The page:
He then went on to explain that the city was in the process of finding coverage in the area of $8.5 million, which would be the cost of replacing the building, excluding the “soft costs” that brought the total past $10.5 million.
Tony Monzo added, “Is the construction of the building providing the best rate for coverage? We believe it is, but that analysis is being looked at. If not, who’s at fault, if anyone? The city will be looking into that.”
During the public portion that followed, the mayor was asked how he discovered there was no flood insurance. “Mr MacLeod told me,” he said.
Charlie Hendricks asked the mayor, “After taking credit for the city’s good response to the storm in a news conference, why did you remain silent on the lack of flood insurance?”
Mahaney: “It’s an administrative matter.”
Mahaney: “It’s under the purview of the city manager. If you want to conduct a deposition or file a lawsuit, you’re welcome to do that. This is not a question and answer period.”
So there you have it. The city is discussing a fiasco that could have led to a financial meltdown, and the mayor is telling the public they will have to take legal action to get answers out of City Hall. Doesn’t that strike you as rather chilling?
After a few more questions were asked about who was to blame, Tony Monzo continued the stonewalling by saying, “Respectfully, these answers could involve a level of blame that is premature. If you want information, file an OPRA [a request for access to government documents]. The mayor has been liberal in allowing questions during the public comment, but this should not be a question and answer period due to the legal areas of this matter.”
Charlie Hendricks replied, “Mr Monzo, if I had not asked Mr MacLeod a week ago, does the city have flood insurance on convention hall, we would not be meeting here today.”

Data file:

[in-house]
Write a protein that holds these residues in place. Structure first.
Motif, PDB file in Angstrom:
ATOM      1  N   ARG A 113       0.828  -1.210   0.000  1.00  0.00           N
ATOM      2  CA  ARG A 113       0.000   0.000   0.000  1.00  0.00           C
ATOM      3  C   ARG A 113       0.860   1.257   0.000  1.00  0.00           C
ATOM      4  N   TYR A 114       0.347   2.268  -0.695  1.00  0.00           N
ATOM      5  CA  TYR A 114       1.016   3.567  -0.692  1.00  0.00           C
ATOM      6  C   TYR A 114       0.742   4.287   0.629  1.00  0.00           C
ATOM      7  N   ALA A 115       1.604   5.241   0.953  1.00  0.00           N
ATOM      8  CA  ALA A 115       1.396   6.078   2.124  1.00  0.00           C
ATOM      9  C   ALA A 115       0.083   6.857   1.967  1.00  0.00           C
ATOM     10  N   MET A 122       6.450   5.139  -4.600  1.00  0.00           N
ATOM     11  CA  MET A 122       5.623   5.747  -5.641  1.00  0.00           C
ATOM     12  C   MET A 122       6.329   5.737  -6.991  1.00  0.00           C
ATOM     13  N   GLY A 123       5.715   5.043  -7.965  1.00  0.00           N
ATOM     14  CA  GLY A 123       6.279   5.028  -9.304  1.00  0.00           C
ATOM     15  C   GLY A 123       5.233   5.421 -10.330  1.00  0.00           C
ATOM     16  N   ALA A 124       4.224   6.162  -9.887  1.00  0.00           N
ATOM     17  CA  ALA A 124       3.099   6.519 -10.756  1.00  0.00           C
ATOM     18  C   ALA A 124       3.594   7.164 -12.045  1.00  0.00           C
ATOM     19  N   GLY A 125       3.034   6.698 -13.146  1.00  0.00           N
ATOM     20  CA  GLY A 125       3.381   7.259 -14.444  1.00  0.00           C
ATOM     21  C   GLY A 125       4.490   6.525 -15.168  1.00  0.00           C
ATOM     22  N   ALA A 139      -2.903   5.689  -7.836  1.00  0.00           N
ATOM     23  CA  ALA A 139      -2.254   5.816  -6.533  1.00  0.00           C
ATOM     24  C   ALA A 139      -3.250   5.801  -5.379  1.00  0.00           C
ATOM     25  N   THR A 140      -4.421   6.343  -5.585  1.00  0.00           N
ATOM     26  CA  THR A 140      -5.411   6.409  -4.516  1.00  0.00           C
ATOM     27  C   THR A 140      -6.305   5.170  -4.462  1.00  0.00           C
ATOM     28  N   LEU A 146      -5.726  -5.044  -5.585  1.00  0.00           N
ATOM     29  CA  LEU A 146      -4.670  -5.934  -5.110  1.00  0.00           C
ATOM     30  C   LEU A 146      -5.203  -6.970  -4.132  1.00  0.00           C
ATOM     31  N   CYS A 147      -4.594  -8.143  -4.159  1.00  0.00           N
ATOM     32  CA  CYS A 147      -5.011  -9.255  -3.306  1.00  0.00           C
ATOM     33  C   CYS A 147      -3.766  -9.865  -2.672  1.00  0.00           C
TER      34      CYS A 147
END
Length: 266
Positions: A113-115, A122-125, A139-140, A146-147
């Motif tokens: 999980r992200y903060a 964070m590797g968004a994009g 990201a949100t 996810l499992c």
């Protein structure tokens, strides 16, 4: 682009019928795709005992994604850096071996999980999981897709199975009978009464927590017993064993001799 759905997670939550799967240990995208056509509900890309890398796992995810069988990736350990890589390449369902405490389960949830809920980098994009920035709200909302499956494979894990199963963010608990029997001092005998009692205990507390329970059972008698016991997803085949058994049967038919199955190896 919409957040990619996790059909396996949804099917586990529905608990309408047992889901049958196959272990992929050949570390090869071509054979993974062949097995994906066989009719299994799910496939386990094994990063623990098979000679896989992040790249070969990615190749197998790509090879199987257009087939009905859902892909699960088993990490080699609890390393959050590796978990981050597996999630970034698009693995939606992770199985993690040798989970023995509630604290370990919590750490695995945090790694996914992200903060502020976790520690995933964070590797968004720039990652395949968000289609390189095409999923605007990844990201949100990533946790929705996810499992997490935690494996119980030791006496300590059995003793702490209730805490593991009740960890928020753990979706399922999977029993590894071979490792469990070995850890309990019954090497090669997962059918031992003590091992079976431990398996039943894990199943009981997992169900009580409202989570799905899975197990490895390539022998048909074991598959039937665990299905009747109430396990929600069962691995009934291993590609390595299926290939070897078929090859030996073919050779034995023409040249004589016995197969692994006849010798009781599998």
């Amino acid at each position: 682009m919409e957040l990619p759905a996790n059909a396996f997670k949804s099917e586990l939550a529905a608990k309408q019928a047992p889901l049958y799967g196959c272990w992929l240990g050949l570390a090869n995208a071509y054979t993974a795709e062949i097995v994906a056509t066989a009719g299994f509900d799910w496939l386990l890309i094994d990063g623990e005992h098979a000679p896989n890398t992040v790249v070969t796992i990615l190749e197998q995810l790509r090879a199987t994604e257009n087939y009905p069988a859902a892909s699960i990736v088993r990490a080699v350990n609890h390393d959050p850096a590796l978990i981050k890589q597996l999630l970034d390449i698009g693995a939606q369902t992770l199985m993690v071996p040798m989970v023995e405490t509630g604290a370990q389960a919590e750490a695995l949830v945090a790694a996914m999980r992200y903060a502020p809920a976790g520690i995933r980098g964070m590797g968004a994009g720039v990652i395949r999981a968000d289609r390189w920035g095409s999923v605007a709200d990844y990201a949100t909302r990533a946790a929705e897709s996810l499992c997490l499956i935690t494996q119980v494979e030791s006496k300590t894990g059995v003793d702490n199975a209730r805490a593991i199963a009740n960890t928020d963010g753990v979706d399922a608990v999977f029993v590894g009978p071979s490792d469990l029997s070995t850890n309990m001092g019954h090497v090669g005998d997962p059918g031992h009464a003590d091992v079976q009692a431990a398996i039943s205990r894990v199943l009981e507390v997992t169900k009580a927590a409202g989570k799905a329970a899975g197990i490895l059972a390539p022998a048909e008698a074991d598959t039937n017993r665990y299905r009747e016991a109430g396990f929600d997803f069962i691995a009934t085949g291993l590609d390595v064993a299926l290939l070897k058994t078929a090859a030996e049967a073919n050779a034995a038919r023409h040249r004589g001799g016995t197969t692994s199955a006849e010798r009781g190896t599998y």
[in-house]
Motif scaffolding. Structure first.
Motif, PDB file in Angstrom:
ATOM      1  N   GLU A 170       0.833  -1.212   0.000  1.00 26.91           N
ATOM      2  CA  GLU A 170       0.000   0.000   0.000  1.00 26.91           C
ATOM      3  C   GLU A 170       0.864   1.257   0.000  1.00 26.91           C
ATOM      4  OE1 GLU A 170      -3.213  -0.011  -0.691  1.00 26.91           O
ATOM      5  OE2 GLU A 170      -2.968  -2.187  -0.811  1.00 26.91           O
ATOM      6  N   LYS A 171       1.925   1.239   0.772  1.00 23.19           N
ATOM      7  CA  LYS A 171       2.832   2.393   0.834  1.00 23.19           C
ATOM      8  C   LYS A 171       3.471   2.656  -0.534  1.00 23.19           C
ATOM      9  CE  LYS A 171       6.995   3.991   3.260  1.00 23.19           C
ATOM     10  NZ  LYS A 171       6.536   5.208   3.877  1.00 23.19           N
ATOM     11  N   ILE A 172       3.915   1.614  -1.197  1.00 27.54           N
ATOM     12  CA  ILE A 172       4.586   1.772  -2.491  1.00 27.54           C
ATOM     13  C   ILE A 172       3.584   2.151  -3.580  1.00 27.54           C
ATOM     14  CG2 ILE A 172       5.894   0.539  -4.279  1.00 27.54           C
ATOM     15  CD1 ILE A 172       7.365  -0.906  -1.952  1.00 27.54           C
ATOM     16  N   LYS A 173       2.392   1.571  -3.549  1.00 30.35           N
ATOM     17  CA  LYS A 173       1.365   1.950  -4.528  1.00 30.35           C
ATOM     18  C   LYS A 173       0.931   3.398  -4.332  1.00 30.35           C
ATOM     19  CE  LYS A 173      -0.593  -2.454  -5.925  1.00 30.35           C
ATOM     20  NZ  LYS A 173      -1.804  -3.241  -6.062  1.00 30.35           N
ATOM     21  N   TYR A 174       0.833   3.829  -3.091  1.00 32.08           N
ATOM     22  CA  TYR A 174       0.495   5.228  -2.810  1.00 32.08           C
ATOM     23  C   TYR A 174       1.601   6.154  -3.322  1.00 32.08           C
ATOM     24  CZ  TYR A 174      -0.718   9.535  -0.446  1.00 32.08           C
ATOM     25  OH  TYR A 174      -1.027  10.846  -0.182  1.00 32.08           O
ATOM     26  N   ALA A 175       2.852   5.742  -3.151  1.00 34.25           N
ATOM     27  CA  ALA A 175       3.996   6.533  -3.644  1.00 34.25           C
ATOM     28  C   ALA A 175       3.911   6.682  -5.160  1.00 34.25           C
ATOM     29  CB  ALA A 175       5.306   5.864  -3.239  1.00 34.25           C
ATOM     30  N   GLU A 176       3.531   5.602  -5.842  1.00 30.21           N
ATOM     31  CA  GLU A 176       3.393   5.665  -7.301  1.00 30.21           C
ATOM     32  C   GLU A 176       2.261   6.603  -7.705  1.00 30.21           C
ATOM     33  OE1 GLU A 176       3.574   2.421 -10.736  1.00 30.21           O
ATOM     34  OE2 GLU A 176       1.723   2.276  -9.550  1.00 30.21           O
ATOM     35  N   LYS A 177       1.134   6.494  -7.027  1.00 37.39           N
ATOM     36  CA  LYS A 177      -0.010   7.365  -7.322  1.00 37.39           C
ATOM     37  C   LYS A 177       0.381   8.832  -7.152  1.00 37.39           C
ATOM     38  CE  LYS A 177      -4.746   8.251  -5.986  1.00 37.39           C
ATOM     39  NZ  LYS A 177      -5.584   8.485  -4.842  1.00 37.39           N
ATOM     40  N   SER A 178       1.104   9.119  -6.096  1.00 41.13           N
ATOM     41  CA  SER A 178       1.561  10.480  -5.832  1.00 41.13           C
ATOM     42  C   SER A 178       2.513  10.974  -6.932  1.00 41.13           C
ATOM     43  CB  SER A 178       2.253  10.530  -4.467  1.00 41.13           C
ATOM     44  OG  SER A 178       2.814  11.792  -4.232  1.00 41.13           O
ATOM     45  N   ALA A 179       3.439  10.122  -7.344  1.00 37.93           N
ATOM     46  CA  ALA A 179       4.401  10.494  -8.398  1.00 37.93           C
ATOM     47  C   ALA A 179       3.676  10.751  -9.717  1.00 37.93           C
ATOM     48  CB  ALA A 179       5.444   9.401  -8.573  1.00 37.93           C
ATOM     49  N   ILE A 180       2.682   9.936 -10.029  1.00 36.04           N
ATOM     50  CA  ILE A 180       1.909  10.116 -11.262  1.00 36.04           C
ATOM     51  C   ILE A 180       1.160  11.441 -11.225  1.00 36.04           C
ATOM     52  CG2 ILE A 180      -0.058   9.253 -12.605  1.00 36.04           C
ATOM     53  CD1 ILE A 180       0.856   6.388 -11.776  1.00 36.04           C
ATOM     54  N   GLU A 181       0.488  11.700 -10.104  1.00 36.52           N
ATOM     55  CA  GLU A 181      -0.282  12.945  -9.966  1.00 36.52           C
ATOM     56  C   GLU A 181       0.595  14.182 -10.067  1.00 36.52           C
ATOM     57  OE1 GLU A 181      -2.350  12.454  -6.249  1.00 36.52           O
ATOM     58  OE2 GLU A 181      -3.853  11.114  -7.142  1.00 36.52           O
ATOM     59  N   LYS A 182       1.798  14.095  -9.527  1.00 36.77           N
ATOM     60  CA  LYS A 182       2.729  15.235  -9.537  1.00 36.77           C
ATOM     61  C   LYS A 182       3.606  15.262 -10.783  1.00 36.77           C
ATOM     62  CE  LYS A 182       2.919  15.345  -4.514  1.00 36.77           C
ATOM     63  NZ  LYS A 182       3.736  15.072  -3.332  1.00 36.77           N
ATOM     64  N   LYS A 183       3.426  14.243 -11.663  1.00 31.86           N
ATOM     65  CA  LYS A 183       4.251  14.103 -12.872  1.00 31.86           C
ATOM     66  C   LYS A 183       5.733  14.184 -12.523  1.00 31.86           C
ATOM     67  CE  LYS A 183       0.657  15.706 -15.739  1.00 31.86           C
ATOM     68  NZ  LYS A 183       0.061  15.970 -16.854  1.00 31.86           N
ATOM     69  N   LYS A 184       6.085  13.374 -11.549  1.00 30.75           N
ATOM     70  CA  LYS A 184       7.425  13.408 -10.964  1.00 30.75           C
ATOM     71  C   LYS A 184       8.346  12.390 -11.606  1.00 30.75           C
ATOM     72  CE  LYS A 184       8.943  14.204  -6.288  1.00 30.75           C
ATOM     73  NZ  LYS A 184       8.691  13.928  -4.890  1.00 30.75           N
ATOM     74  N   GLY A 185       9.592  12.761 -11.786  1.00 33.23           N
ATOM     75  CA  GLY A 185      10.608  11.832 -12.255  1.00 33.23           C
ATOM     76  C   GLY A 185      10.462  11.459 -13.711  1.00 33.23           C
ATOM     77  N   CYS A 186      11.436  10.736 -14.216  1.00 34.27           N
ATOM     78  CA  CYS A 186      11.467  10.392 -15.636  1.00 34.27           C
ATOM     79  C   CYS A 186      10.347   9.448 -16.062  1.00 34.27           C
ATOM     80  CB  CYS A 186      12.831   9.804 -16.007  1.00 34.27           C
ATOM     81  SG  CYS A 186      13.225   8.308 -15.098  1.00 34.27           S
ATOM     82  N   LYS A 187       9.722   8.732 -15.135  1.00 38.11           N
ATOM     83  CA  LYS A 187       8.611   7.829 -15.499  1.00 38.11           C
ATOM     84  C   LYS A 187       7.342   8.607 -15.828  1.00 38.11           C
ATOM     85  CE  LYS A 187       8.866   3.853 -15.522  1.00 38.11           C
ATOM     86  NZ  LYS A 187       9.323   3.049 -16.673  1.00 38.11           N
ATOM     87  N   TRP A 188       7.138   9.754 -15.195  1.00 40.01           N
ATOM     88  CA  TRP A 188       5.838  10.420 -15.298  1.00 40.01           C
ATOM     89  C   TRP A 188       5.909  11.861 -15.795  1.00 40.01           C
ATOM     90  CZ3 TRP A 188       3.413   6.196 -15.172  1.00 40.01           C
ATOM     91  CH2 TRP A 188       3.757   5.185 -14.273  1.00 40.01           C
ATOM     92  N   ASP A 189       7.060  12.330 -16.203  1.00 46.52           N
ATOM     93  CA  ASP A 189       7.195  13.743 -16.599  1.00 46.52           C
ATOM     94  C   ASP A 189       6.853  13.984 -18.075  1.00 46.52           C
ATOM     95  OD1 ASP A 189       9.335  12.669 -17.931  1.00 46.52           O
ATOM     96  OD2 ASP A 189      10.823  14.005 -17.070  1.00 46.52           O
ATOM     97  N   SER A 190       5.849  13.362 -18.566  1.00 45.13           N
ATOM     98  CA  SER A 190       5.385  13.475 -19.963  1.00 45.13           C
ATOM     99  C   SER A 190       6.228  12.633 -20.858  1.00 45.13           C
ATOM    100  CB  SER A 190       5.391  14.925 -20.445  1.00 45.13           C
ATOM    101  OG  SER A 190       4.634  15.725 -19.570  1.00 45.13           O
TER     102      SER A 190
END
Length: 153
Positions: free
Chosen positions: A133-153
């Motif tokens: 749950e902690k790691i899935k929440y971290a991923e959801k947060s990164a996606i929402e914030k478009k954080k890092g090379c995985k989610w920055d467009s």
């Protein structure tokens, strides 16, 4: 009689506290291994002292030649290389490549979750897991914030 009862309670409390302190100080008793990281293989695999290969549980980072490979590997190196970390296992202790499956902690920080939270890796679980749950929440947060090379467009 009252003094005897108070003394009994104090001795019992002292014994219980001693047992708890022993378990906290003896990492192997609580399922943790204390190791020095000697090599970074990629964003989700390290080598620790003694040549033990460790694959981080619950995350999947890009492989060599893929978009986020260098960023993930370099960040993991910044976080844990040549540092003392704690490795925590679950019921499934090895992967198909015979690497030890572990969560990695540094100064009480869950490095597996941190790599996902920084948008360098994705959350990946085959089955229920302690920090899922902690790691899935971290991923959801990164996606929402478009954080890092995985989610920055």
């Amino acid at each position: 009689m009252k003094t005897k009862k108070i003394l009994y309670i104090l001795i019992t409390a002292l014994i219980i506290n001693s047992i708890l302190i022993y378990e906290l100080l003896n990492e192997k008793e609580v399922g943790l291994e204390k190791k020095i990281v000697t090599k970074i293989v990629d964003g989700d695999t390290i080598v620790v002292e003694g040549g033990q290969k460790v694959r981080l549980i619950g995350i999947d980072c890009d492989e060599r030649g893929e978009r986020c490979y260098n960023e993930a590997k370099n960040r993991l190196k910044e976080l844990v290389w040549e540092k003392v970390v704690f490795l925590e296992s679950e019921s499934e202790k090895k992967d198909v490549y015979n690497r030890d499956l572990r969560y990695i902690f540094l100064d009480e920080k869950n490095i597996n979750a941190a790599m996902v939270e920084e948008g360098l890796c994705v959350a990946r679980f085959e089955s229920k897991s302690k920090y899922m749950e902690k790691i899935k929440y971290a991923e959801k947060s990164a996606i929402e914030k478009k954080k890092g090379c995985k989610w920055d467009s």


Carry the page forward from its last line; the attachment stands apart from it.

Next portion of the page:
Good point. And guess what, folks? After the meeting, two members of the public DID file OPRA requests, and they were denied by the city, citing a law that protects the confidentiality of information relating to insurance policies. Isn’t that convenient?
We walked away from this meeting still needing to know the answers to the following questions…
1. At a previous meeting, Bruce MacLeod said the city had been trying to secure flood insurance since July. How on earth could the city somehow FORGET, until two months after its opening, to buy flood insurance for the costliest building in Cape May’s history? A building that just happens to sit in a high-risk flood zone — that is, the beachfront. Especially since the city pays a retainer to a risk management consultant, the local insurance broker, Marsh McLennan/NIA.
2. Why has FEMA refused to approve the city’s application for flood insurance on two occasions since July? (The city’s architect Martin Kimmel told us recently that it was down to a mistake made by the engineering company in an application form, though this has never been mentioned by the city.)
3. How is it possible that Mayor Mahaney, who is so deeply involved in Convention Hall that the man the city picked to run it quit because he was fed up with the mayor’s micro-managing, did not know until October 29 that the city had no insurance? Does he really expect us to believe that while Bruce MacLeod was trying, and failing, to obtain flood insurance from July onwards, that he didn’t know about it until the day that Hurricane Sandy was due to hit? That’s laughably unfeasible.
We are not going to indulge in idle specualation, but taking into account what Tony Monzo said at the meeting about codes possibly not being followed; and taking into account the fact that the city is refusing to release paperwork that reveals Convention Hall’s elevation above sea level; and taking into account the communications and conversations we have had with some well-informed people over the last week, here is what we suspect… that the pilings for Convention Hall were not set high enough to afford the building the kind of protection that FEMA demands, and the kind of protection which would enable the city to secure a policy that won’t cost a fortune.